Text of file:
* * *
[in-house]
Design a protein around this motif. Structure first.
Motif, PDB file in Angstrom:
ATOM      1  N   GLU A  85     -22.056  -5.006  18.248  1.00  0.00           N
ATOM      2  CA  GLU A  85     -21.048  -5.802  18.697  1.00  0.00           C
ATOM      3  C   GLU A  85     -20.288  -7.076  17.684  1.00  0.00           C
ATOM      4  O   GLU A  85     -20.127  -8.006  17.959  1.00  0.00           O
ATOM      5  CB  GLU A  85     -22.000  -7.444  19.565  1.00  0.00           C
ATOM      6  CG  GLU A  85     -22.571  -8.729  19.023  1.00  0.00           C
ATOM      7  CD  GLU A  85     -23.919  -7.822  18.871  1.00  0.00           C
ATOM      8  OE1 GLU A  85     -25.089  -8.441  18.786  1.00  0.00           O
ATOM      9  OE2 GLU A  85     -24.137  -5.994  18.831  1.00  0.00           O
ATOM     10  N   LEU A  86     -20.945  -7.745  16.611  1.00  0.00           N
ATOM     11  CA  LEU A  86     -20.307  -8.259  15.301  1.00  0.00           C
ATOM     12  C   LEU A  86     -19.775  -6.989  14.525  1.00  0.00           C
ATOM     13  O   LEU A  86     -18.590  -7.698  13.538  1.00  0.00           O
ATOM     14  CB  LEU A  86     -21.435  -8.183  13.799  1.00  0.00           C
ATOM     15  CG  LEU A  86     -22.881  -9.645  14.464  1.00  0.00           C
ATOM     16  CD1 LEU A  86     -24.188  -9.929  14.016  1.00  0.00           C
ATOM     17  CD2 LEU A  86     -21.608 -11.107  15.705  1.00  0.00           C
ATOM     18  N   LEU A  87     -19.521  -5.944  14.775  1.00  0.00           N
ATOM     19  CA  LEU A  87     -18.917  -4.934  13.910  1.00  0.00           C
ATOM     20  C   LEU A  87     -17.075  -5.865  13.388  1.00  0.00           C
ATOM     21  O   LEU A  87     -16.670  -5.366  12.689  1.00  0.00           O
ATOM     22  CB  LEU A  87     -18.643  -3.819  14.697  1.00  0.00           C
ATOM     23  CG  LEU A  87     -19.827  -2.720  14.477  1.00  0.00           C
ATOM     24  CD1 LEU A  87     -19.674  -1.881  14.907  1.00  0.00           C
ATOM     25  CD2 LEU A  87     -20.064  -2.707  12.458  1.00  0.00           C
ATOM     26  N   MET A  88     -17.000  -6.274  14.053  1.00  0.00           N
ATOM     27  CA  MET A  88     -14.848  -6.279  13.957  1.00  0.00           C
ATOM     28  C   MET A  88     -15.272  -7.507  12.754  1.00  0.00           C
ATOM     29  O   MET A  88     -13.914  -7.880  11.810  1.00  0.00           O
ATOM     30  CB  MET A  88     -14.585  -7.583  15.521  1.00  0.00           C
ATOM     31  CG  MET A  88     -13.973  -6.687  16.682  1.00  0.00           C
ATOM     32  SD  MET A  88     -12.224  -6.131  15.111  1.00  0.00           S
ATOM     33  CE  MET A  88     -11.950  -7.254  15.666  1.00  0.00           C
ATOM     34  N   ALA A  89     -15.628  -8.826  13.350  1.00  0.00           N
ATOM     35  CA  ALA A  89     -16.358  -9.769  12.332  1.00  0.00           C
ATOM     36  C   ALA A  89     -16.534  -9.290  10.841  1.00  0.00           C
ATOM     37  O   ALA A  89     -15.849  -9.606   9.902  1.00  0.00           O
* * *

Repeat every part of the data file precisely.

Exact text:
[in-house]
Design a protein around this motif. Structure first.
Motif, PDB file in Angstrom:
ATOM      1  N   GLU A  85     -22.056  -5.006  18.248  1.00  0.00           N
ATOM      2  CA  GLU A  85     -21.048  -5.802  18.697  1.00  0.00           C
ATOM      3  C   GLU A  85     -20.288  -7.076  17.684  1.00  0.00           C
ATOM      4  O   GLU A  85     -20.127  -8.006  17.959  1.00  0.00           O
ATOM      5  CB  GLU A  85     -22.000  -7.444  19.565  1.00  0.00           C
ATOM      6  CG  GLU A  85     -22.571  -8.729  19.023  1.00  0.00           C
ATOM      7  CD  GLU A  85     -23.919  -7.822  18.871  1.00  0.00           C
ATOM      8  OE1 GLU A  85     -25.089  -8.441  18.786  1.00  0.00           O
ATOM      9  OE2 GLU A  85     -24.137  -5.994  18.831  1.00  0.00           O
ATOM     10  N   LEU A  86     -20.945  -7.745  16.611  1.00  0.00           N
ATOM     11  CA  LEU A  86     -20.307  -8.259  15.301  1.00  0.00           C
ATOM     12  C   LEU A  86     -19.775  -6.989  14.525  1.00  0.00           C
ATOM     13  O   LEU A  86     -18.590  -7.698  13.538  1.00  0.00           O
ATOM     14  CB  LEU A  86     -21.435  -8.183  13.799  1.00  0.00           C
ATOM     15  CG  LEU A  86     -22.881  -9.645  14.464  1.00  0.00           C
ATOM     16  CD1 LEU A  86     -24.188  -9.929  14.016  1.00  0.00           C
ATOM     17  CD2 LEU A  86     -21.608 -11.107  15.705  1.00  0.00           C
ATOM     18  N   LEU A  87     -19.521  -5.944  14.775  1.00  0.00           N
ATOM     19  CA  LEU A  87     -18.917  -4.934  13.910  1.00  0.00           C
ATOM     20  C   LEU A  87     -17.075  -5.865  13.388  1.00  0.00           C
ATOM     21  O   LEU A  87     -16.670  -5.366  12.689  1.00  0.00           O
ATOM     22  CB  LEU A  87     -18.643  -3.819  14.697  1.00  0.00           C
ATOM     23  CG  LEU A  87     -19.827  -2.720  14.477  1.00  0.00           C
ATOM     24  CD1 LEU A  87     -19.674  -1.881  14.907  1.00  0.00           C
ATOM     25  CD2 LEU A  87     -20.064  -2.707  12.458  1.00  0.00           C
ATOM     26  N   MET A  88     -17.000  -6.274  14.053  1.00  0.00           N
ATOM     27  CA  MET A  88     -14.848  -6.279  13.957  1.00  0.00           C
ATOM     28  C   MET A  88     -15.272  -7.507  12.754  1.00  0.00           C
ATOM     29  O   MET A  88     -13.914  -7.880  11.810  1.00  0.00           O
ATOM     30  CB  MET A  88     -14.585  -7.583  15.521  1.00  0.00           C
ATOM     31  CG  MET A  88     -13.973  -6.687  16.682  1.00  0.00           C
ATOM     32  SD  MET A  88     -12.224  -6.131  15.111  1.00  0.00           S
ATOM     33  CE  MET A  88     -11.950  -7.254  15.666  1.00  0.00           C
ATOM     34  N   ALA A  89     -15.628  -8.826  13.350  1.00  0.00           N
ATOM     35  CA  ALA A  89     -16.358  -9.769  12.332  1.00  0.00           C
ATOM     36  C   ALA A  89     -16.534  -9.290  10.841  1.00  0.00           C
ATOM     37  O   ALA A  89     -15.849  -9.606   9.902  1.00  0.00           O